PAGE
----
Parklands Formula 3-4mls/kg/TBSA% = mls in 24hours post injury. ½ in the first 8 hours. ½ in the next 16 hours. Ringers Lactate/Hartmann’s are the preferred fluids. Also essential to monitor urine output (>0.5ml/kg/hr)
ATLS for Burns Patients DISABILITY Assess neurological status Reduced GCS could be due to inhalation of toxic products of combustion (CO) causing hypoxia.
ATLS for Burns Patients EXPOSURE Expose and assess the extent of injury Remove any clothing or jewellery which may become constrictive with swelling.
Assessing the Size of a Burn Uses Total Body Surface Area (TBSA) Wallace Rule of 9s for adults. Lund-Browder Chart for paediatric cases – the head of a child typically takes up more of their TBSA. A handprint is about 1% TBSA. This can be useful for estimating very small or large burn size.
Assessing Burn Depth Superficial Burn Involves the epidermis only Appearance: Dry and red, blanches to pressure, moderately painful, no blisters at the time of injury. Will heal within 7 days with no scarring. Not included in TBSA assessment.
Assessing Burn Depth Superficial Dermal Partial Thickness Involves the epidermis and the papillary (superficial dermis) It is extremely painful due to the exposure of sensory nerves. Appearance – pale pink, fine blisters are characteristic. Blanches to pressure, with a rapid cap refill. Will heal in 14 days, and may have a pigment defect scar.
Assessing Burn Dept Mid Dermal Partial Thickness Involves epidermis and part of the dermis. Skin adnexal organs are also affected. Less painful than superficial dermal burns as some of the pain nerve endings will be damaged. Appearance – Dark pink/red, large blisters, sluggish cap refill. Heals in days, and may cause hypertrophic scarring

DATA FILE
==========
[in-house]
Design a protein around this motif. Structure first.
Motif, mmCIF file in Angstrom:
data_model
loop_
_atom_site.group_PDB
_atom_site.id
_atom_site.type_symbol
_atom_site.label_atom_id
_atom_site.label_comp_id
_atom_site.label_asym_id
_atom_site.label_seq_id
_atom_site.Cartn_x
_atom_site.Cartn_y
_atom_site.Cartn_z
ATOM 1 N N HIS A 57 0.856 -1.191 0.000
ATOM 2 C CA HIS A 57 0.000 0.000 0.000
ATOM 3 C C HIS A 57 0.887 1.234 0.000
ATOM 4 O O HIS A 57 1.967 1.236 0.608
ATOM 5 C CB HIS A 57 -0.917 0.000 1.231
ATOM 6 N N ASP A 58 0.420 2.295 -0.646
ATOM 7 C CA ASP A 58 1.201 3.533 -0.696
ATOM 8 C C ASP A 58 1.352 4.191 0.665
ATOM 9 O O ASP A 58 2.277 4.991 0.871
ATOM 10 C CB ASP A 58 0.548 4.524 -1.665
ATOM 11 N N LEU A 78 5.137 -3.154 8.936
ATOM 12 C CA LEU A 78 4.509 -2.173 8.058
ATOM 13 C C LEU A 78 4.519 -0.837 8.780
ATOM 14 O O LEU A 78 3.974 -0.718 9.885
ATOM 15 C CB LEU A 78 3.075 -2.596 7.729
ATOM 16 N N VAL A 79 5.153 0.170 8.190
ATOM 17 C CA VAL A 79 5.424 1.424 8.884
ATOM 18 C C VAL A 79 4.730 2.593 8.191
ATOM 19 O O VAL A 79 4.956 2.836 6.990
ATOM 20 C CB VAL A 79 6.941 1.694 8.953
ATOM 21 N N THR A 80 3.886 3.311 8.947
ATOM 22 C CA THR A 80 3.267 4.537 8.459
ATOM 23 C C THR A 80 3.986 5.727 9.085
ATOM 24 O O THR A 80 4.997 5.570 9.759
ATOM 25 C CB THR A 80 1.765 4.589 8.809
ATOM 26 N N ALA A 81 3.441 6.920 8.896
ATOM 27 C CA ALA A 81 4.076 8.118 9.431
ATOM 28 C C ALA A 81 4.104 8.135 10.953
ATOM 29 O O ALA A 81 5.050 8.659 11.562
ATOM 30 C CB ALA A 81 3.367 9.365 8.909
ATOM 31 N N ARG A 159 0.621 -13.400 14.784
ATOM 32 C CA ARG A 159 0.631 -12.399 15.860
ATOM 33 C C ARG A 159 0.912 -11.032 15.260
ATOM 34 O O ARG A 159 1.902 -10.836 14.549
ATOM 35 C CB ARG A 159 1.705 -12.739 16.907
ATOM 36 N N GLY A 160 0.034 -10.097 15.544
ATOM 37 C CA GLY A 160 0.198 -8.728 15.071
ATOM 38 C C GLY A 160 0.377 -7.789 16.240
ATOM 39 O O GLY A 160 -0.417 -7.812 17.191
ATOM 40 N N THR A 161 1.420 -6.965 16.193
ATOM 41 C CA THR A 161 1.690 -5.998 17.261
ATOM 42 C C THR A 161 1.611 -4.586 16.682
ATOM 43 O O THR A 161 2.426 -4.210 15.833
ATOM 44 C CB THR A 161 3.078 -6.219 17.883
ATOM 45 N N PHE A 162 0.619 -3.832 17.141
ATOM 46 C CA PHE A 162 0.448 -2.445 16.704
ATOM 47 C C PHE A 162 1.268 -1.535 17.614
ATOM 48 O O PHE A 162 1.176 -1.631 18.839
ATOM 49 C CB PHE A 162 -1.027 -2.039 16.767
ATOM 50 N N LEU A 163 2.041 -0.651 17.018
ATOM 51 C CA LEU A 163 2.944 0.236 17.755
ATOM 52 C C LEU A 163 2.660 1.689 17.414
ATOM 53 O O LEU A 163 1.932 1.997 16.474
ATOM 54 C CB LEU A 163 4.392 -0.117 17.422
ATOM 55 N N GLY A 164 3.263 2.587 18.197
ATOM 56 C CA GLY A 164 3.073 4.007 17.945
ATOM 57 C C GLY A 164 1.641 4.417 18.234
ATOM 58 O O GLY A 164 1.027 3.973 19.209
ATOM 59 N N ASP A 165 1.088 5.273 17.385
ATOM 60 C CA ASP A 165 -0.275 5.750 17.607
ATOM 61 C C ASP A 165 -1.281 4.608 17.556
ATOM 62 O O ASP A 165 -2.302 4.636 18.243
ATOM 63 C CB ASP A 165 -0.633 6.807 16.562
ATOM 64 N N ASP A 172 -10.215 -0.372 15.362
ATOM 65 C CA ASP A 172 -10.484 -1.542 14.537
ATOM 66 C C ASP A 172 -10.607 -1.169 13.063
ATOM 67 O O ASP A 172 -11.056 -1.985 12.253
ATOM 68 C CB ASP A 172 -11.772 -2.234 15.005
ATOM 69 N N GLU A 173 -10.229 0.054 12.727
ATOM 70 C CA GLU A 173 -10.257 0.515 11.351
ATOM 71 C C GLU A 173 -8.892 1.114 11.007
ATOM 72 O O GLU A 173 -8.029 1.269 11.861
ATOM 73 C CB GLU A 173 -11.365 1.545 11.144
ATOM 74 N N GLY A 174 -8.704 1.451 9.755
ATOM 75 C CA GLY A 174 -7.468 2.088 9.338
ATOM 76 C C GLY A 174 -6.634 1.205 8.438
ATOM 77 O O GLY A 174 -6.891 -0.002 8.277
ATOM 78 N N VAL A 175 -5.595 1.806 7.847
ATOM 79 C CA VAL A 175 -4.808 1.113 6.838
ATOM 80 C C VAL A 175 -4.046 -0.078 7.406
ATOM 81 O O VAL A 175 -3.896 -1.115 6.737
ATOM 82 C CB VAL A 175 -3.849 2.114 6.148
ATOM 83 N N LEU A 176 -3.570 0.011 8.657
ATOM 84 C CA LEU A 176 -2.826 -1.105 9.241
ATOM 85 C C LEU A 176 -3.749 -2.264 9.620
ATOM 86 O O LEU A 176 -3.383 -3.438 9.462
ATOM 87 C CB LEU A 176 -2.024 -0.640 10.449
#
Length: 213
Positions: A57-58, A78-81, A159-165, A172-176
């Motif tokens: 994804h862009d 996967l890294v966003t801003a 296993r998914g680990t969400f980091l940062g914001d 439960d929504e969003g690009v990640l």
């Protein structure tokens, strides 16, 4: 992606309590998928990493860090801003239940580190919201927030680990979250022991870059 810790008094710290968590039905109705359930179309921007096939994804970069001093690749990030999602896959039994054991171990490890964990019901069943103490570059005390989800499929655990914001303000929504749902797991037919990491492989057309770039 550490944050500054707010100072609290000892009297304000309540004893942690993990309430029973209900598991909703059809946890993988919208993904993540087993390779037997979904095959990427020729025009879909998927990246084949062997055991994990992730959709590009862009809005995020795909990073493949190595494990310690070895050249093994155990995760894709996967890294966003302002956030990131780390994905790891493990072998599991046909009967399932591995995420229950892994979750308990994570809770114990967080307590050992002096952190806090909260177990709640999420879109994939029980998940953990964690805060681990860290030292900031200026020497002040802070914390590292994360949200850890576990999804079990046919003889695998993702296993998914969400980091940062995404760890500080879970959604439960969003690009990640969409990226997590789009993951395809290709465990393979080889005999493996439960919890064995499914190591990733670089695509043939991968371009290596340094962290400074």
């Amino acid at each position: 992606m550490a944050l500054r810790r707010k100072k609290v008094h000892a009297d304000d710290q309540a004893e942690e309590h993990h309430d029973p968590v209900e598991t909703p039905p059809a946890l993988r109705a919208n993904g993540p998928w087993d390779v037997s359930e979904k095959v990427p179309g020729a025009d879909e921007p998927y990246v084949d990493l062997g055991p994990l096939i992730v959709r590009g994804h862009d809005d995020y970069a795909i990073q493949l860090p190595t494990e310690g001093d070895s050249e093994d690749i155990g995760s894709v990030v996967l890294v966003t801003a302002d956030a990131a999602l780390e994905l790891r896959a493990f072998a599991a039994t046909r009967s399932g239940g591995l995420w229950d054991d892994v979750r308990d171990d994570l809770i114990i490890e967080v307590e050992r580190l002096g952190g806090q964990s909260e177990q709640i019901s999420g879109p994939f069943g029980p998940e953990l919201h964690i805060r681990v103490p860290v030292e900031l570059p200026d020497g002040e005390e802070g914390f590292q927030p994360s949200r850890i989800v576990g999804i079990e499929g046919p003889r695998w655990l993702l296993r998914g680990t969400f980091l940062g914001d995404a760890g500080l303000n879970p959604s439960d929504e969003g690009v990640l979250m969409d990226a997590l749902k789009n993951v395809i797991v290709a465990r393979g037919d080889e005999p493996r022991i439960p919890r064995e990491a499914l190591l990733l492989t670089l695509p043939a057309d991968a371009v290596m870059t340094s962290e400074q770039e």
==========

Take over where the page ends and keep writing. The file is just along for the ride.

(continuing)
Assessing Burn Depth Deep Dermal Partial Thickness Involves epidermis, and most of the dermis. Only the very deep adnexal organs intact. Decreased sensation Appearance – Red and White blotches, extensive blisters which rupture soon after injury, no cap refill, no blanching. Takes >21 days to heal and most often needs surgery. 81% chance of scarring.
Assessing Burn Depth Full Thickness Burn All epidermis, dermis, and adnexal structures destroyed. No blood supply = infarction of the skin. NO SENSATION TO PINPRICK Appearance – White, charred leathery skin, no blisters, no cap refill, no blanching. Will not heal without surgery, and will scar.
Escharotomy Full thickness burns may require escharotomy surgery. This is a full thickness incision of the burned skin down to SC fat. It is done to relieve the constricting effect of the leathery tight skin. This can restrict ventilation in the chest or cause limb ischaemia.
Early Management Nasogastric Tube – Early feeding is essential in burns patients as they go into a state of hypermetabolism. Indicated in adults >20% TBSA and children >15% TBSA. Tetanus Prophylaxis Hypothermia Prevention – Insulate the patient, warm room, warm IV fluids. Infection control
Definitive Burn Surgery Debride devitalised skin and blisters Skin grafts – Autograft is preferred. In patients with extensive injury skin substitutes can be used until they grow some more skin to graft. Meshed grafts are good for extensive injuries as can cover a larger area, and allows the damaged skin to drain. Sheet grafts have a better cosmetic and functional outcome. Use compression to reduce hypertrophic scarring, and splints to prevent contractures.